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This page describes the Wingate protocol:
http://www.stolaf.edu/depts/cis/wp/w...GATEPAPER.html

and another page there says this about Wingate:
------------
http://www.stolaf.edu/depts/cis/wp/w...ngatePage.html
...
The WAnT requires pedaling for 30 seconds at maximal speed against a constant force. This force is predetermined to yield a supramaximal mechanical power (usually equivalent to about two to four times that associated with the maximal aerobic power, or VO2 max) and to induce a noticeable development of fatigue (i.e., a drop in mechanical power) within the first few seconds.
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So it appears that the Wingate is effort at 100 to 300% of VO2max, if I’m reading that correctly. (It’s possible this is supposed to mean 200 to 400% of VO2max.) So it seems that the Tabata protocol is also an “all-out” effort for some people and somewhat below “all-out” for others, at least in the initial bouts. Another big difference is that the Tabata protocol is a third shorter work period than the Wingate, which is easier mentally, even with the shorter rest interval.

(This is basically mentioned in the Wingate paper above, like so: “A similar study should be conducted in which the first Wingate trial lasts 30 seconds and the follow-up trial lasts 20 seconds. The results of shorter trials (20 seconds) correlate to longer trials (30 seconds). Subjects may be more willing and motivated to perform the second trial knowing its shorter duration.....”)

However, here’s an age-related warning to keep in mind about doing these “all-out” efforts:
-------------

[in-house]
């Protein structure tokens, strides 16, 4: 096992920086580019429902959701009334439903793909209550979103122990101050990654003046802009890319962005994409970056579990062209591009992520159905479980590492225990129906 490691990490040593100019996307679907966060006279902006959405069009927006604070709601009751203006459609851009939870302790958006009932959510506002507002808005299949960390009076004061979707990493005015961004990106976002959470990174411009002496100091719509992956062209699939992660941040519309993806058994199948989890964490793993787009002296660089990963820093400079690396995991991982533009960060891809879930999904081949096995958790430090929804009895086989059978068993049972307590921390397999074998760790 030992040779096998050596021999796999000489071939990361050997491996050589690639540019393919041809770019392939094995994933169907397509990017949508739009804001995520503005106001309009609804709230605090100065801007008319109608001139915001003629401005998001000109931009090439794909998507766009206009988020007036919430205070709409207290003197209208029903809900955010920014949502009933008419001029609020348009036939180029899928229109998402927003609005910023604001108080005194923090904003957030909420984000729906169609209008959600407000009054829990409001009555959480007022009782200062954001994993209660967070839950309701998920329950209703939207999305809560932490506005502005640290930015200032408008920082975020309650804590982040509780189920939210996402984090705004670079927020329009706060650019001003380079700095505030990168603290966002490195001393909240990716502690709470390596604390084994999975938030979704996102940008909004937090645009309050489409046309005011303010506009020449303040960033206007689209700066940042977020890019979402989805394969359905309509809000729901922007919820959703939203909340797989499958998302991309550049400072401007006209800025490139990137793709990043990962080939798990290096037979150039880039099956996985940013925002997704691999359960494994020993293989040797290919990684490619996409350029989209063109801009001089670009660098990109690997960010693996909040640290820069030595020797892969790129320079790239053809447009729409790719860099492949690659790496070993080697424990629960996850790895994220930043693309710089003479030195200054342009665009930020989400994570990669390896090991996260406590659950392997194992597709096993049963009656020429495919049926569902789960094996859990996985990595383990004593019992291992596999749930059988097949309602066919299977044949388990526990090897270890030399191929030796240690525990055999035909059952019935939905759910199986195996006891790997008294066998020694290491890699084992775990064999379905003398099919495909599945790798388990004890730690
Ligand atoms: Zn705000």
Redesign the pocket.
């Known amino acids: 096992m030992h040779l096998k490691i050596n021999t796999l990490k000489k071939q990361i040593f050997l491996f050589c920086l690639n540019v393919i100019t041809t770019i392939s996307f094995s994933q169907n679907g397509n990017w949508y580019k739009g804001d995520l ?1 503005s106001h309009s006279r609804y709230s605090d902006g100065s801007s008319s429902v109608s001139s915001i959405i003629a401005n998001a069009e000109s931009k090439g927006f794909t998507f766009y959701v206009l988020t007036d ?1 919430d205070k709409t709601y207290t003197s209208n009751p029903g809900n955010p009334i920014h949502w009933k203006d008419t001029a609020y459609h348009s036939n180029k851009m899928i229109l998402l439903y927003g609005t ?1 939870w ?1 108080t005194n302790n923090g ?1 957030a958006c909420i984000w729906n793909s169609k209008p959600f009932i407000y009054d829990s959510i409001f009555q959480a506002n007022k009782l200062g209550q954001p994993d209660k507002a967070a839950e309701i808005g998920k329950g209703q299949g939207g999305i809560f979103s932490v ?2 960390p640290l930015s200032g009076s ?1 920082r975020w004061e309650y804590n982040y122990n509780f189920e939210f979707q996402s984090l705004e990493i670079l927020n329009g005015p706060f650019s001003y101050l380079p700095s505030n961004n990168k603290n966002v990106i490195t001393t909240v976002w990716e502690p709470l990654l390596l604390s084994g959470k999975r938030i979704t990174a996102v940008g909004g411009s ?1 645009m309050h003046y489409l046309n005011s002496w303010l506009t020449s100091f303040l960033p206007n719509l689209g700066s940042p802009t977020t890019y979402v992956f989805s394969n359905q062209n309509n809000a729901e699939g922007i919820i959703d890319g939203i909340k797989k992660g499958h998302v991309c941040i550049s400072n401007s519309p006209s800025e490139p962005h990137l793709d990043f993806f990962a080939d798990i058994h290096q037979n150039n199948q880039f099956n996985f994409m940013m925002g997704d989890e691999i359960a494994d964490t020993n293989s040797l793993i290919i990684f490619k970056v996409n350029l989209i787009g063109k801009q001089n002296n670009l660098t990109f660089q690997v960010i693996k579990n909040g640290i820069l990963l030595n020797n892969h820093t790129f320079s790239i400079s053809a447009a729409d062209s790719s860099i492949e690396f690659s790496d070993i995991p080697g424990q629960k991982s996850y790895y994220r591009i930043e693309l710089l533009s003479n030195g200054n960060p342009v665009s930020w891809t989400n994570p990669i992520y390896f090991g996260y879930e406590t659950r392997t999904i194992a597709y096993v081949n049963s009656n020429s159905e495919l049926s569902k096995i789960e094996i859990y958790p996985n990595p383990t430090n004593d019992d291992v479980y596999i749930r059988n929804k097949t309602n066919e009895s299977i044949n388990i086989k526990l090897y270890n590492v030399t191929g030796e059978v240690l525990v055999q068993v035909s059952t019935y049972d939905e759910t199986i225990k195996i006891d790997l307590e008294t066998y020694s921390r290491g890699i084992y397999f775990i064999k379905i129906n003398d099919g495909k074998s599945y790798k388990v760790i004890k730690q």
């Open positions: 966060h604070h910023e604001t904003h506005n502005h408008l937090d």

http://www.ncbi.nlm.nih.gov/entrez/query.fcgi?cmd=Retrieve&db=pubmed&dopt=Abstra ct&list_uids=15711079
Gerontology. 2005 Mar-Apr;51(2):122-5. Related Articles, Links
Click here to read
Left ventricular function at peak all-out anaerobic exercise in older men.

Sagiv M, Ben-Sira D, Sagiv M, Goldhammer E.

Sports Medicine and Rehabilitation Division, Zinman College of Physical Education and Sport Sciences, Wingate, Israel.

Background: All-out anaerobic exercise may be dangerous for the older population, due to hypoxia and inappropriate blood pressure response. Objectives: This study compared and evaluated left ventricular function at peak all-out anaerobic effort in 12 well-trained older (58 +/- 1 years) and 12 young men (22 +/- 1 years). Methods: Subjects were studied by echocardiography at peak all-out anaerobic exercise, on a cycle ergometer. Results: Seven older subjects experienced ECG abnormalities. Significant (p < 0.05) differences between the older group and the young group, respectively, were noted for: cardiac output (9.8 +/- 0.9 and 15.8 +/- 0.9 l.min(-1)), left ventricular end-systolic pressure-volume ratio (4.7 +/- 0.8 and 4.4 +/- 4.9), left ventricular end-diastolic volume (104.8 +/- 6.9 and 125.7 +/- 6.2 ml), ejection fraction (67.1 +/- 6.0 and 59.8 +/- 5.5%), left ventricular end-systolic pressure volume ratio (4.4 +/- 0.4 and 4.8 +/- 0.3 ratio), and total peripheral resistance (966.0 +/- 84.0 and 660 +/- 82.8 dyn.s(-1).cm(-5)). Conclusions: Data suggest that during all-out anaerobic exercise, forces opposing ejection were not reduced enough to avoid left ventricular dysfunction and ECG abnormalities in the older subjects. This is attributed to functional changes with age in the myocardium and associated blood vessels, leading to impairment of left ventricular function and blunted inotropic and chronotropic responses to catecholamine. Therefore, an all-out anaerobic-type effort should not be given to an older subject due to the great hazardous potential. Copyright (c) 2005 S. Karger AG, Basel.